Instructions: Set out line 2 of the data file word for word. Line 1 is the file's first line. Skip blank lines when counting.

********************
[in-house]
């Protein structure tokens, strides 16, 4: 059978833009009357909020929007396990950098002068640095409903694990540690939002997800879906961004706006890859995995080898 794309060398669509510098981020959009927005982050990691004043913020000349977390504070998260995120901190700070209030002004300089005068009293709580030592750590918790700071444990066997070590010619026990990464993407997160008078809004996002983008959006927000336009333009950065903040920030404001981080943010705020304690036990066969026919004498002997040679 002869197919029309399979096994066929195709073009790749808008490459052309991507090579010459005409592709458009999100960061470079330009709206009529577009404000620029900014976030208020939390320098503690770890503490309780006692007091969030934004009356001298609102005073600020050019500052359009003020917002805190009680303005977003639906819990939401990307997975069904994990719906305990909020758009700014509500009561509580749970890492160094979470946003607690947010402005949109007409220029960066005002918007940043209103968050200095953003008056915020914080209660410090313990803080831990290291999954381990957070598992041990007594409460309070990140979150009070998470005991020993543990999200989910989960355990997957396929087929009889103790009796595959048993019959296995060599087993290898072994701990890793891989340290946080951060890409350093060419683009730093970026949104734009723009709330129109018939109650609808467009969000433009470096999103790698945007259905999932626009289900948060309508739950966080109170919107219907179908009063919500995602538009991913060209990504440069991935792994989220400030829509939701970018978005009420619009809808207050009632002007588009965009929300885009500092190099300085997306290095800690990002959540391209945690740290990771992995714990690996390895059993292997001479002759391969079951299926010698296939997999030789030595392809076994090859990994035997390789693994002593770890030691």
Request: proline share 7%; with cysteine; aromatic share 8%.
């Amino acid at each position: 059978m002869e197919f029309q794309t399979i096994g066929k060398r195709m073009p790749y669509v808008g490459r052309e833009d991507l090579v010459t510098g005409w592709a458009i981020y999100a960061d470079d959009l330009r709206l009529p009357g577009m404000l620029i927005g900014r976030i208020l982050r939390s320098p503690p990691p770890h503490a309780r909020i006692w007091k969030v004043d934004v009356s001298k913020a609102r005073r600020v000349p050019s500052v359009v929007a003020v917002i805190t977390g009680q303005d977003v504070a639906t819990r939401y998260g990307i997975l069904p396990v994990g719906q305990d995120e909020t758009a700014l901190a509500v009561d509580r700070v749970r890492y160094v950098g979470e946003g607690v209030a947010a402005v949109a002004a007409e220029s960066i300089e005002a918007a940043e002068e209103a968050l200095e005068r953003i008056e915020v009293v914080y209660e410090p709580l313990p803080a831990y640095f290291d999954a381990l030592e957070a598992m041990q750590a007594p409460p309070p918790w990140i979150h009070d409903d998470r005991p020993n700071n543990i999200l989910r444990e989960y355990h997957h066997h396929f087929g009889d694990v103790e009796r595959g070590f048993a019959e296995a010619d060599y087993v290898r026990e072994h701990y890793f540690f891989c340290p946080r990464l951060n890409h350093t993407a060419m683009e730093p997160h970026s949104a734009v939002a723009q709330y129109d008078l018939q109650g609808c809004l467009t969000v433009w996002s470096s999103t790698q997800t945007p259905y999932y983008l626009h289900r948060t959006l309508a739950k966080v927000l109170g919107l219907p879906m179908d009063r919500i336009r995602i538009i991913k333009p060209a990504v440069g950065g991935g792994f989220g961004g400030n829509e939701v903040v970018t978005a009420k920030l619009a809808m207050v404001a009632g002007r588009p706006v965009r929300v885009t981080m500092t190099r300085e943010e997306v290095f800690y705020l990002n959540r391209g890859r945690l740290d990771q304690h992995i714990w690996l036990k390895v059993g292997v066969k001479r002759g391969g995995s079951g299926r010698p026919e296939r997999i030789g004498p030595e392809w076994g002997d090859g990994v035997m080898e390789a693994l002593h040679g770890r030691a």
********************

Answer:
């Protein structure tokens, strides 16, 4: 059978833009009357909020929007396990950098002068640095409903694990540690939002997800879906961004706006890859995995080898 794309060398669509510098981020959009927005982050990691004043913020000349977390504070998260995120901190700070209030002004300089005068009293709580030592750590918790700071444990066997070590010619026990990464993407997160008078809004996002983008959006927000336009333009950065903040920030404001981080943010705020304690036990066969026919004498002997040679 002869197919029309399979096994066929195709073009790749808008490459052309991507090579010459005409592709458009999100960061470079330009709206009529577009404000620029900014976030208020939390320098503690770890503490309780006692007091969030934004009356001298609102005073600020050019500052359009003020917002805190009680303005977003639906819990939401990307997975069904994990719906305990909020758009700014509500009561509580749970890492160094979470946003607690947010402005949109007409220029960066005002918007940043209103968050200095953003008056915020914080209660410090313990803080831990290291999954381990957070598992041990007594409460309070990140979150009070998470005991020993543990999200989910989960355990997957396929087929009889103790009796595959048993019959296995060599087993290898072994701990890793891989340290946080951060890409350093060419683009730093970026949104734009723009709330129109018939109650609808467009969000433009470096999103790698945007259905999932626009289900948060309508739950966080109170919107219907179908009063919500995602538009991913060209990504440069991935792994989220400030829509939701970018978005009420619009809808207050009632002007588009965009929300885009500092190099300085997306290095800690990002959540391209945690740290990771992995714990690996390895059993292997001479002759391969079951299926010698296939997999030789030595392809076994090859990994035997390789693994002593770890030691």